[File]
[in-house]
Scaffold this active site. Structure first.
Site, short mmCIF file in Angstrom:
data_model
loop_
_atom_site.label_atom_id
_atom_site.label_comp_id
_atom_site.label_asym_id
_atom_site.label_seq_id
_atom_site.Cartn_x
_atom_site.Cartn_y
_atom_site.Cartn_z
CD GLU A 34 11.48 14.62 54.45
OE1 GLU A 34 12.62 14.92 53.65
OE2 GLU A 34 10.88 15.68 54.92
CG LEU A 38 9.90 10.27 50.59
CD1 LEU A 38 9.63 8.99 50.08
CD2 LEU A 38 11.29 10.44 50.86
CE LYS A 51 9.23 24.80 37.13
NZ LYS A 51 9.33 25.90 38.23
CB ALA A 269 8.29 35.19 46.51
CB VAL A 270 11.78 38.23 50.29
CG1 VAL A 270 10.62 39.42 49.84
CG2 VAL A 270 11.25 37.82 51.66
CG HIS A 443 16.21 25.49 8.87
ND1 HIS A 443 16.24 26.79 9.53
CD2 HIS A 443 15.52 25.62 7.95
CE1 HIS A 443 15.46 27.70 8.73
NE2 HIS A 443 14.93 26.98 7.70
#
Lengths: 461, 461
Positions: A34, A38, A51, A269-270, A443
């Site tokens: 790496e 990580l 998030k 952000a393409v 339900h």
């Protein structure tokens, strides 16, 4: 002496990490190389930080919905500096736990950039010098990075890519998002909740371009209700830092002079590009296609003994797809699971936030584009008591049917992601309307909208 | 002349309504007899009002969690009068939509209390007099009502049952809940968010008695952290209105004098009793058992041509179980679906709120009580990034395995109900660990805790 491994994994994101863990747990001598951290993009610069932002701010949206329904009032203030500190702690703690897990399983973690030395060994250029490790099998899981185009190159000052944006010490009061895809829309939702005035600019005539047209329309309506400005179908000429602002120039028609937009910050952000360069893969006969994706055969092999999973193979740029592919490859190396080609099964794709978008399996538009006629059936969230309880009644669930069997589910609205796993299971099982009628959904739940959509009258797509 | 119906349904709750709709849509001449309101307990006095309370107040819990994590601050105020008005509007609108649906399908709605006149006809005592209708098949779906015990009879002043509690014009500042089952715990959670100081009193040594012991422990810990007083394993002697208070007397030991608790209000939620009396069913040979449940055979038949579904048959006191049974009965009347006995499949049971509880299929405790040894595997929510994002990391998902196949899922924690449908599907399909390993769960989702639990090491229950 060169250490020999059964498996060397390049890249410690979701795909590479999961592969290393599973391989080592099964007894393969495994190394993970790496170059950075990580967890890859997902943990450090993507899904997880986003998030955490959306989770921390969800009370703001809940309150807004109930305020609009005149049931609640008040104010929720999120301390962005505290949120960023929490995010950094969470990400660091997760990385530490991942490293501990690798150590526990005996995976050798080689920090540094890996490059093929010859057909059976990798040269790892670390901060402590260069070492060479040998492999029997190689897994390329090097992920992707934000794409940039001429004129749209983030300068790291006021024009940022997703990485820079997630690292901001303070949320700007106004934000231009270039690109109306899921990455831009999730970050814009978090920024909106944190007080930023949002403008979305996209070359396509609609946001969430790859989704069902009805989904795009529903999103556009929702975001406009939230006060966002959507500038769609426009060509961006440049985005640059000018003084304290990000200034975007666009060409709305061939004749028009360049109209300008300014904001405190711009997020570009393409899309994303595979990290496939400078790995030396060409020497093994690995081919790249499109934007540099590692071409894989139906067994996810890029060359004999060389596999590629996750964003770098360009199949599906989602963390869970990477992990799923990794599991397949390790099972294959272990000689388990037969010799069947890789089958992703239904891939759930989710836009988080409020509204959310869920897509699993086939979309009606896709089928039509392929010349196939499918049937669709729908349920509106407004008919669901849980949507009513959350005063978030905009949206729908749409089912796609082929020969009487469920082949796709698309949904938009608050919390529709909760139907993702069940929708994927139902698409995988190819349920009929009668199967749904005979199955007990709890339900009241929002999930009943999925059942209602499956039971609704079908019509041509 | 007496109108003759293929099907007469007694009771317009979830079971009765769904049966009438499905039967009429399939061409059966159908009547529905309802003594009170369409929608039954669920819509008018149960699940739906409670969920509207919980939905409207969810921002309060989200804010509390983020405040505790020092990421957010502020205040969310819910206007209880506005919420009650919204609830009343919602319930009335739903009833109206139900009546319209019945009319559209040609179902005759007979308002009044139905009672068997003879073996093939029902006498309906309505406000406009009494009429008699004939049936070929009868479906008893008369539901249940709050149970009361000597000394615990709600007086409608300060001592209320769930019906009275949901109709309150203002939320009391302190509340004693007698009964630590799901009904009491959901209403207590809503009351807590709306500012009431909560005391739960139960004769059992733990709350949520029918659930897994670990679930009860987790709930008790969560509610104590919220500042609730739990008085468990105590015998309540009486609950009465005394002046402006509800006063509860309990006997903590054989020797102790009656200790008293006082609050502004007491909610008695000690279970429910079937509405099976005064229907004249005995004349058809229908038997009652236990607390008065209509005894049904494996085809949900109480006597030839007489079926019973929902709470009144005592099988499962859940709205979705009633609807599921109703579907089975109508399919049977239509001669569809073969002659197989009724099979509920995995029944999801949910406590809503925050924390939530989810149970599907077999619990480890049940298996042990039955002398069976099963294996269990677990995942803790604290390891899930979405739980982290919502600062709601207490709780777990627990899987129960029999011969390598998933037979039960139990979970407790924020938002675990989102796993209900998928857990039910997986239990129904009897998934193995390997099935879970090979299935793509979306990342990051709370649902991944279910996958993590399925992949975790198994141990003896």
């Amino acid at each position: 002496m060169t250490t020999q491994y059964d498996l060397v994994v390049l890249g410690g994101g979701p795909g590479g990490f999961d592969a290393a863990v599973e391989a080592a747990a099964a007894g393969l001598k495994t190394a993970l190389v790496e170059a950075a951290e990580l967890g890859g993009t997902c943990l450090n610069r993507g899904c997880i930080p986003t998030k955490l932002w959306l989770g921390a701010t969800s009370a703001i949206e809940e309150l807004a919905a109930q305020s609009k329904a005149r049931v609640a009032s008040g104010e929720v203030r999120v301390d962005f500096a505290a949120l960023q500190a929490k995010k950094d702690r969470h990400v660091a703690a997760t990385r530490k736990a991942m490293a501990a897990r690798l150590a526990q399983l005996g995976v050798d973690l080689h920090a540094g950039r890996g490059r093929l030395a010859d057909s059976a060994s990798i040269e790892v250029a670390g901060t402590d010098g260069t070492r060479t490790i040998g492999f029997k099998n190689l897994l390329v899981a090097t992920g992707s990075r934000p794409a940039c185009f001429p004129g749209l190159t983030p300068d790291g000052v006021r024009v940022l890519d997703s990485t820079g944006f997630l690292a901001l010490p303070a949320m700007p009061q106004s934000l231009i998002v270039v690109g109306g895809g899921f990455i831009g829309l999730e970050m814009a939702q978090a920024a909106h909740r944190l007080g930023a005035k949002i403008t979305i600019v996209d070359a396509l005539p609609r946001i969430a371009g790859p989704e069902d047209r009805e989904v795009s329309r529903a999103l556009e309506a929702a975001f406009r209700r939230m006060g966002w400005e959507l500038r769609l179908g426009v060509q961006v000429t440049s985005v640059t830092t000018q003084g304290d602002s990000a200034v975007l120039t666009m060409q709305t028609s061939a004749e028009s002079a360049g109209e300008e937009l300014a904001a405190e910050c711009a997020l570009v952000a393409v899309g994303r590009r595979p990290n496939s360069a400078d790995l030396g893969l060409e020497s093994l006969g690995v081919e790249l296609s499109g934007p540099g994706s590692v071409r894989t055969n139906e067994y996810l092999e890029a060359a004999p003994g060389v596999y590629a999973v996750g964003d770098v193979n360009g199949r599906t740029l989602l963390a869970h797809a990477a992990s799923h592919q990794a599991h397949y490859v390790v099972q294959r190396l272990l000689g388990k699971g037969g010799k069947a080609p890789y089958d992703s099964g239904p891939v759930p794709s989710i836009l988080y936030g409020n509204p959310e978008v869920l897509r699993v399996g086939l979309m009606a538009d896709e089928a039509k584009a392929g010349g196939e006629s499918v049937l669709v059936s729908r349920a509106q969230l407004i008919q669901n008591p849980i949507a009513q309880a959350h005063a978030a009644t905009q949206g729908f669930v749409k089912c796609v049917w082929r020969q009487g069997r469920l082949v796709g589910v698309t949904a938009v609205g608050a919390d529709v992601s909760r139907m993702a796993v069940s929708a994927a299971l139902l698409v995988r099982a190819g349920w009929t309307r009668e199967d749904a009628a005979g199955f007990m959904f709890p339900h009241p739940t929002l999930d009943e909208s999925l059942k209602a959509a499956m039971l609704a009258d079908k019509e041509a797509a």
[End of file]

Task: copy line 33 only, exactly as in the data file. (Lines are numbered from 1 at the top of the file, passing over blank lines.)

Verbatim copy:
């Site tokens: 790496e 990580l 998030k 952000a393409v 339900h």